Brain Lectures in Costa Mesa:
County Feed Your Brain Lectures are held at the Costa Mesa
Community Center at 1845 Park Ave., Costa Mesa.
Shadows of Science: Pseudoscience and Its Refutation
Pseudoscience is everywhere, lurking in the shadows of real science. It pretends to be science and uses some of the same language, but betrays itself with an absence of scientific methodology, grandiose claims, a direct appeal to the public, reliance on testimonials, and lack of any connection to published scientific research. Antiscience, a direct hostility to science or at least to unwelcome scientific findings, has several especially pernicious strains in today's public discourse (e.g., antievolution and climate science denial). Both pseudoscience and antiscience confuse the public and impede scientific progress.
Kendrick Frazier, the longtime editor of Skeptical Inquirer magazine, will survey examples of pseudoscience and antiscience, past and present, and chronicle some of scientists' and skeptics' efforts to counter or expose it.
He is the author or editor of 10 books, most recently the SI anthology Science Under Siege, and is a former editor of Science News and a fellow of the American Association for the Advancement of Science. He is a member of the Executive Council of the Committee for Skeptical Inquiry (formerly CSICOP) and a member of the Board of Directors of the Center for Inquiy.
Blasphemy and the Threat to Free Speech
Many westerners first realized the dangers of being accused of blasphemy or "insulting religion" in the Muslim world when the late Ayatollah Khomeini issued a fatwa calling for the death of the novelist Salman Rushdie. Currently, accusations of "blasphemy," "apostasy," or "insulting Islam" are increasingly used by authoritarian governments and extremist forces in the Muslim world to acquire and consolidate power. These accusations, which traditionally carry the death penalty, intimidate not only converts and heterodox groups, but also political and religious reformers. Victims, who are now in the millions, include political dissidents, religious reformers, journalists, writers, artists, movie makers, and religious minorities throughout the world.
Author Paul Marshall will talk not only about the impact of those Muslim accusations but also the repressive effects of these restrictions (usually called anti-"hate speech" or "discriminatory speech") by many Western governments. However, they are de facto blasphemy laws in the West and threaten to stifle commentary on and within Islam and other religions.
Marshall is a Senior Fellow at the Hudson Institute's Center for Religious Freedom and the author and editor of more than 20 books on religion and politics (especially religious freedom), including most recently, Silenced: How Apostasy and Blasphemy Codes Are Choking Freedom Worldwide (with Nina Shea), Blind Spot: When Journalists Don't Get Religion, and Religious Freedom in the World. He is the author of several hundred articles, and his writings have been translated into many languages. He is a frequent lecturer and TV commentator. His work has been published in many newspapers and magazines, including the New York Times, Los Angeles Times, New Republic, and the Weekly Standard.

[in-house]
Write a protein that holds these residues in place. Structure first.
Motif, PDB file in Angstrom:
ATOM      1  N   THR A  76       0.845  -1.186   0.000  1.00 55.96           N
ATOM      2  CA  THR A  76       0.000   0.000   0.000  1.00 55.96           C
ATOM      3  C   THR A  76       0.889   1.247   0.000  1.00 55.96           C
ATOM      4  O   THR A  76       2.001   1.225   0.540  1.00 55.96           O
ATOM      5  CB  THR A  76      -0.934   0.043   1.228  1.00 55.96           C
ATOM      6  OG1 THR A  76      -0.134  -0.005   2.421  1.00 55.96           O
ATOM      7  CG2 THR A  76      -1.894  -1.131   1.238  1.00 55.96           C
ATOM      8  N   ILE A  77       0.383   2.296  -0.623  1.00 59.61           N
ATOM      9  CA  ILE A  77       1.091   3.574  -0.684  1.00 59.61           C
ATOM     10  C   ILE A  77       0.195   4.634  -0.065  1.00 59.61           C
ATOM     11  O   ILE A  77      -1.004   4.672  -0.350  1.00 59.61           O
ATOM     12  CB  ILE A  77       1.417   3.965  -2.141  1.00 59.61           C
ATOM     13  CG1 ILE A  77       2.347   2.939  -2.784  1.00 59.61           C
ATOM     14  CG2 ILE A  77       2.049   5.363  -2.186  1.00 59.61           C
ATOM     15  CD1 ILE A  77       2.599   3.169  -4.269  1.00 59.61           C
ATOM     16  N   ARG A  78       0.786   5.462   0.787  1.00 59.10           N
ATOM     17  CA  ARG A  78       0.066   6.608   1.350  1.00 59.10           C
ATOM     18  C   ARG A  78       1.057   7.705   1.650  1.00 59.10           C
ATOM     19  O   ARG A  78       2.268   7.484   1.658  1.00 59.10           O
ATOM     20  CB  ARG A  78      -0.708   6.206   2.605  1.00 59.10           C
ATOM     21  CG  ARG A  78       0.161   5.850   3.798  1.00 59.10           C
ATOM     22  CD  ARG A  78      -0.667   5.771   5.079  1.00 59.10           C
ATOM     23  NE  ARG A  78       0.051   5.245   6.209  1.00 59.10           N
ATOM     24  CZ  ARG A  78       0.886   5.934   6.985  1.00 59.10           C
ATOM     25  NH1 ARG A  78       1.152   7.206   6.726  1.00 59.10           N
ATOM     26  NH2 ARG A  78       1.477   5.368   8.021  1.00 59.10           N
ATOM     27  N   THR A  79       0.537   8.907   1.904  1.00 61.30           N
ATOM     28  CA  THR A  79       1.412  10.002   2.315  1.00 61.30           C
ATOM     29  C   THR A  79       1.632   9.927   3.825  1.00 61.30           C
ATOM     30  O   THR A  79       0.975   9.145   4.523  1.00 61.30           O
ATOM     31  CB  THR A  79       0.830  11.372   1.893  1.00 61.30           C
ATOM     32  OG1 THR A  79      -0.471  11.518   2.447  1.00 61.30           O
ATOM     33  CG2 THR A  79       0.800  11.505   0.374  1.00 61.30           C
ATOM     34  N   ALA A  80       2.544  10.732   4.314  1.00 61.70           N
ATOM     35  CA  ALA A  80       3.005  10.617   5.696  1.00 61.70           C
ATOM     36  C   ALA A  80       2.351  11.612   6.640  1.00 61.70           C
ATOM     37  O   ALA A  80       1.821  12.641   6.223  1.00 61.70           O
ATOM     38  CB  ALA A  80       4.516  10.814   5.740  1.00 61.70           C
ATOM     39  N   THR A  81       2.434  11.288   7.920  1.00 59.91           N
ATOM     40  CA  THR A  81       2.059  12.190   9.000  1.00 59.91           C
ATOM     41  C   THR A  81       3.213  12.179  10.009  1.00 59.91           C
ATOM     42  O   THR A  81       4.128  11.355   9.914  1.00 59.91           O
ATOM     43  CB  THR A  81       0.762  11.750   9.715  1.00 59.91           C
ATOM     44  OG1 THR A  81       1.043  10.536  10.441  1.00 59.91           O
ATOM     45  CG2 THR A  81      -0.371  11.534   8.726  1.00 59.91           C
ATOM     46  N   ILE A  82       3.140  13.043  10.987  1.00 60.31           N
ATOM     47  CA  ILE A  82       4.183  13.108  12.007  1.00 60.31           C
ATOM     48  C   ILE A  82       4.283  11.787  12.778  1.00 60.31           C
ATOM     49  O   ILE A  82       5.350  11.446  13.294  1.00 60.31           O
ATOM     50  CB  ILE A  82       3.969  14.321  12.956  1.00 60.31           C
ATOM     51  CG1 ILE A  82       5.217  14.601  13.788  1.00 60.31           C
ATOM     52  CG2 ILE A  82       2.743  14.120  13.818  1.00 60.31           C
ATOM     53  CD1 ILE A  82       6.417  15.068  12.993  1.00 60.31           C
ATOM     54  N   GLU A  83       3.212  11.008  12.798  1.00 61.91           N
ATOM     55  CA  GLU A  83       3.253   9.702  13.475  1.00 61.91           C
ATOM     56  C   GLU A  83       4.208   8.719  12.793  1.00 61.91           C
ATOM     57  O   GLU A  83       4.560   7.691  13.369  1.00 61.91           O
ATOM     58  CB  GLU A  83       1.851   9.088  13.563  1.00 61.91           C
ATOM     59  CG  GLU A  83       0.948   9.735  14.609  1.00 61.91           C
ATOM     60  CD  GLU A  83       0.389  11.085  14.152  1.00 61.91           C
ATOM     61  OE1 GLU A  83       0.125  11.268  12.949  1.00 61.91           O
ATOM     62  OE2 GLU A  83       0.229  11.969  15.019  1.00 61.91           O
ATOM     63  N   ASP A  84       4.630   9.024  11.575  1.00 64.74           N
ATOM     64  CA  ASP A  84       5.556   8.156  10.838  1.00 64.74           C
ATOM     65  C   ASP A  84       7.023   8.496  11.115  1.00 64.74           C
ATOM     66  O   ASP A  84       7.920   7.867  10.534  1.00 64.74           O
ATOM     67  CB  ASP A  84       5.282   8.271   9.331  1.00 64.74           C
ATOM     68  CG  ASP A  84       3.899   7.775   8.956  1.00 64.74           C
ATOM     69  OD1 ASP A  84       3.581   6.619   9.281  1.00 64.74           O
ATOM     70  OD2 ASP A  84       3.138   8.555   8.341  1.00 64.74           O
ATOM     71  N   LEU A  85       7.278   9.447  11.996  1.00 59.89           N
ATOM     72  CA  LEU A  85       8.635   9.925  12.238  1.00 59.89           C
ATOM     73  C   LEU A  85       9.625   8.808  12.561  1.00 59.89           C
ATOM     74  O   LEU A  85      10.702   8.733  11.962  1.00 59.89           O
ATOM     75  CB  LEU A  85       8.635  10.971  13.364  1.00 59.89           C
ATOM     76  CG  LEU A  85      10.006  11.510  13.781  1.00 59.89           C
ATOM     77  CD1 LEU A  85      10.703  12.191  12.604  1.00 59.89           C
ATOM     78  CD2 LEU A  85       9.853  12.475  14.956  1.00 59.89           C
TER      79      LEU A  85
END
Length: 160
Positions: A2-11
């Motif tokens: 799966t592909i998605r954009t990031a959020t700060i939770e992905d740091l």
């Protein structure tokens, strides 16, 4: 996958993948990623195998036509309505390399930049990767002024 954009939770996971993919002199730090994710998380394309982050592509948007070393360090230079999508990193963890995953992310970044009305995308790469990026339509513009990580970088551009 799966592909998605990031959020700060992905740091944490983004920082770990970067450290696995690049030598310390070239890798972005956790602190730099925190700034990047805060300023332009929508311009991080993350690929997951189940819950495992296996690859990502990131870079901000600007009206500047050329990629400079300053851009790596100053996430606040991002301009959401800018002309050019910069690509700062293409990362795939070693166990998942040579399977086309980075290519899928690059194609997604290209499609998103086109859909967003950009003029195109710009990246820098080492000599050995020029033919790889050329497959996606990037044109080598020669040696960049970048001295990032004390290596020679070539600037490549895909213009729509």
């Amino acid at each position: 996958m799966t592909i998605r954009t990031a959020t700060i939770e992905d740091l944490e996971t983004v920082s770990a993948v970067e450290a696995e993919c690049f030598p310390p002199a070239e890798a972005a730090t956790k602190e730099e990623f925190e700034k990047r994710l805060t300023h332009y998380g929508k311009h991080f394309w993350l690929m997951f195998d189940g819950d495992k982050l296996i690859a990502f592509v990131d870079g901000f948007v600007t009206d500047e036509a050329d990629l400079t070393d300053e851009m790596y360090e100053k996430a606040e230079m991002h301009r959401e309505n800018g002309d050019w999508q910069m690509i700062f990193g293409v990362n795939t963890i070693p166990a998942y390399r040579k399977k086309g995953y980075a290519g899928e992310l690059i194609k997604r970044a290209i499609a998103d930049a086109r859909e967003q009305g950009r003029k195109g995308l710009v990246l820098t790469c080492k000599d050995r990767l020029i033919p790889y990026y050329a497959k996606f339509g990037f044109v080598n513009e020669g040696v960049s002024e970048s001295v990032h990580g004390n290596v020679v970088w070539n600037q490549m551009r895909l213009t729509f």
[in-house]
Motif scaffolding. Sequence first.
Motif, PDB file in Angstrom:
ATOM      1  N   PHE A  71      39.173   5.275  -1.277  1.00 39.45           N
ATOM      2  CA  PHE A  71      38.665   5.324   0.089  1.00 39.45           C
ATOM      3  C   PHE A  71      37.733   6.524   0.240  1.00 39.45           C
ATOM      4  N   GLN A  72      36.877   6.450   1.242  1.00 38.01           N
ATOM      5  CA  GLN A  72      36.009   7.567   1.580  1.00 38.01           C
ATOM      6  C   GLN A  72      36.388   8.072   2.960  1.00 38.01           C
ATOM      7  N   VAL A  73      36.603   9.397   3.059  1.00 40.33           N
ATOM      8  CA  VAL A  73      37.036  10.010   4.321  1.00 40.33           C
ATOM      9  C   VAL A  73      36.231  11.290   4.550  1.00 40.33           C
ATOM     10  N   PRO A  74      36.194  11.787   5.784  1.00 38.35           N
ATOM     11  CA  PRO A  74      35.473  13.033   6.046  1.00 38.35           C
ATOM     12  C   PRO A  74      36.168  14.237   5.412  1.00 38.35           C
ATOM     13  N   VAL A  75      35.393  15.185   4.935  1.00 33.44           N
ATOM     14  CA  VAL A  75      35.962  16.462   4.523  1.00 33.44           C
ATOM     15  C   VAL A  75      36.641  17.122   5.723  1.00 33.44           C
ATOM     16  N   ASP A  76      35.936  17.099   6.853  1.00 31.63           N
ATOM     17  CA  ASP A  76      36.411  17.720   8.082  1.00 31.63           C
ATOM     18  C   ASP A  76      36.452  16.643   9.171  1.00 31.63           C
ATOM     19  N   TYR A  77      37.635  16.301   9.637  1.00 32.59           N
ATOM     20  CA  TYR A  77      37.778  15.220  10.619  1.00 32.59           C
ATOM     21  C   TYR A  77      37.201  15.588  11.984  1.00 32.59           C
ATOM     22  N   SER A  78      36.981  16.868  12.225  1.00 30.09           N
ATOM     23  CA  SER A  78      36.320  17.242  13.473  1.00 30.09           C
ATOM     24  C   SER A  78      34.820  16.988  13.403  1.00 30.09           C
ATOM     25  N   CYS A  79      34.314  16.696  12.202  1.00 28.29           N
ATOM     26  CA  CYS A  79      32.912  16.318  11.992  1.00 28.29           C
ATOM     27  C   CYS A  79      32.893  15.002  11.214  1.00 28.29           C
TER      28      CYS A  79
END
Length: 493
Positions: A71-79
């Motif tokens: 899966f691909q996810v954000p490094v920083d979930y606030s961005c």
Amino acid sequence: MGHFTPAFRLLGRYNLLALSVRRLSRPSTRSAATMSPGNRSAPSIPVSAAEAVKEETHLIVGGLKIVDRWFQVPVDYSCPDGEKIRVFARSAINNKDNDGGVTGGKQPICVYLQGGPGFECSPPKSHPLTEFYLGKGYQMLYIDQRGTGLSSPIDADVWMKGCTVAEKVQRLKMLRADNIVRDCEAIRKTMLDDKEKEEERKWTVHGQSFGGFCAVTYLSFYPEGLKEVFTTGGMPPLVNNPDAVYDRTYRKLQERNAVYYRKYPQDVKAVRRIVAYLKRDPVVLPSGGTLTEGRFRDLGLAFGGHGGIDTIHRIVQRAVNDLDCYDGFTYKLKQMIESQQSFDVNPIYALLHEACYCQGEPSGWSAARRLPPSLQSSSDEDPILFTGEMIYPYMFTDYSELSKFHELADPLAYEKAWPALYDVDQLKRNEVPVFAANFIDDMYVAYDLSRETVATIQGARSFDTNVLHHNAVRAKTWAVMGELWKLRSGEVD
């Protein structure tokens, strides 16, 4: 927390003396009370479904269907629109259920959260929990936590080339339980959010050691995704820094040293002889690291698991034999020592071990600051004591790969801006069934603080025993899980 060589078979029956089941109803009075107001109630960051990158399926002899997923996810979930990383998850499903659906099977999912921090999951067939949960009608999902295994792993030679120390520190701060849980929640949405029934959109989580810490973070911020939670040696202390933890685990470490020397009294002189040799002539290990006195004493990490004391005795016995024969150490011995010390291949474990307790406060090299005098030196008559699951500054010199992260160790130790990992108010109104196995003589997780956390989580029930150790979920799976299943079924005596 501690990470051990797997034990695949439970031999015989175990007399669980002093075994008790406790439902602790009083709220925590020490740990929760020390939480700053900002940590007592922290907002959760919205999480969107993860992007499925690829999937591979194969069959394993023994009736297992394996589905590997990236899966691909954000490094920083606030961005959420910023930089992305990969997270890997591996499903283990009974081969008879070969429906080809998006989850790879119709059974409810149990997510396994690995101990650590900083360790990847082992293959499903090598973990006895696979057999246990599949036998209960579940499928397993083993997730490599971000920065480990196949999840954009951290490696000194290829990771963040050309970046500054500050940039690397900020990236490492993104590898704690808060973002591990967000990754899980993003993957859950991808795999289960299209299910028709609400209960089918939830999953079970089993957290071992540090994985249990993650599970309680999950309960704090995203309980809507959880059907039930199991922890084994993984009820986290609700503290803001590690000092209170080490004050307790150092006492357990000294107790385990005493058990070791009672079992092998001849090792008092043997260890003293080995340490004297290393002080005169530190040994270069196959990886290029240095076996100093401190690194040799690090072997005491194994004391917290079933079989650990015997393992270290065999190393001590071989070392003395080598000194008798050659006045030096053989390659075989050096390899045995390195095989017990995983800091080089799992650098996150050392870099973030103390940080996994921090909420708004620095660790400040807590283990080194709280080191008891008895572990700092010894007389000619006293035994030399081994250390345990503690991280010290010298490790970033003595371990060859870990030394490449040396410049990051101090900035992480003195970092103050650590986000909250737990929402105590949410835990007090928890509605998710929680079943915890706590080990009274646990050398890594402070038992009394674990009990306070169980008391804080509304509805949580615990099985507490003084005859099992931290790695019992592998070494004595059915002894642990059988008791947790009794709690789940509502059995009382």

The Argument for the Resurrection of Jesus - A New "Double-Edged" Critique
Resurrectionists such as as William Lane Craig and Mike Licona level a series of charges against skeptics who reject the Resurrection, saying they presuppose the non-existence of God and the impossibility of the supernatural; falsely assume the relevance of science to the Resurrection; ignore the total evidence for the Resurrection, including so-called religio-historical context; and offer no plausible alternative explanation for the alleged facts of Easter, such as the empty tomb and postmortem appearances of the Risen Jesus.
Robert Greg Cavin, professor of philosophy at Cypress College, will refute these charges, showing that it is the Resurrection theory rather than its naturalistic rivals that has an astronomically low probability and that the theory is incapable of explaining the alleged facts of Easter.
Cavin, who received his M.A. in Theology from Fuller Theological Seminary and his Ph.D. in Philosophy from UC-Irvine, teaches classes in the Philosophy of Religion and Jesus and His Interpreters. His research specialty is the Bayesian epistemology of miracles and the Resurrection of Jesus. He is the co-author of The Doubting Thomas Guide to Logic and Religion and several articles on the Resurrection of Jesus and miracles. Cavin has debated a number of leading Christian philosophers, including Craig, Licona, and Douglas Geivett.
For the next meeting date, see calendar of events here or on the right hand column of this page.
Freethinkers, skeptics, humanists, atheists, agnostics, pagans, and all other non-believers and inquiring minds are once again meeting for dinner and social discourse!
For meeting locations, and to get monthly emails with locations and other details, please contact Dave Richards at: david[at]iigwest.com.
OC Skeptics Supper Club now has a Facebook group: http://www.facebook.com/group.php?gid=335851481971.
CFI Community of Orange County
The Fullerton Atheists and Agnostics
Students for Science and Skepticism